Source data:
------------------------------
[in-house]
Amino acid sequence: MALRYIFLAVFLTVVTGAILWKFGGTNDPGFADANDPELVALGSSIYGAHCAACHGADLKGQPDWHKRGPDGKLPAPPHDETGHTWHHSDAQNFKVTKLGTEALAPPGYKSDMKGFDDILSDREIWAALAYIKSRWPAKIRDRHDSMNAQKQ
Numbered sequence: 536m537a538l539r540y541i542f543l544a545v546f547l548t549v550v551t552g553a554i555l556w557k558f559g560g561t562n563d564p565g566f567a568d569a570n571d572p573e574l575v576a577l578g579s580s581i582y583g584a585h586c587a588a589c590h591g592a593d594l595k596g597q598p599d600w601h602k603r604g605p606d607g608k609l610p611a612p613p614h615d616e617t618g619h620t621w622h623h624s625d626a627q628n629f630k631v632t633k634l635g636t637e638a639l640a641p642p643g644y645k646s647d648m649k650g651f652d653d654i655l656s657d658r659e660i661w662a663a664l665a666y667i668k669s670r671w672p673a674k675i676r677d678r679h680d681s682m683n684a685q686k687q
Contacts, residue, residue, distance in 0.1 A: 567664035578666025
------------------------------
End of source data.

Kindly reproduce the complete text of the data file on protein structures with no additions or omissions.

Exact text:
[in-house]
Amino acid sequence: MALRYIFLAVFLTVVTGAILWKFGGTNDPGFADANDPELVALGSSIYGAHCAACHGADLKGQPDWHKRGPDGKLPAPPHDETGHTWHHSDAQNFKVTKLGTEALAPPGYKSDMKGFDDILSDREIWAALAYIKSRWPAKIRDRHDSMNAQKQ
Numbered sequence: 536m537a538l539r540y541i542f543l544a545v546f547l548t549v550v551t552g553a554i555l556w557k558f559g560g561t562n563d564p565g566f567a568d569a570n571d572p573e574l575v576a577l578g579s580s581i582y583g584a585h586c587a588a589c590h591g592a593d594l595k596g597q598p599d600w601h602k603r604g605p606d607g608k609l610p611a612p613p614h615d616e617t618g619h620t621w622h623h624s625d626a627q628n629f630k631v632t633k634l635g636t637e638a639l640a641p642p643g644y645k646s647d648m649k650g651f652d653d654i655l656s657d658r659e660i661w662a663a664l665a666y667i668k669s670r671w672p673a674k675i676r677d678r679h680d681s682m683n684a685q686k687q
Contacts, residue, residue, distance in 0.1 A: 567664035578666025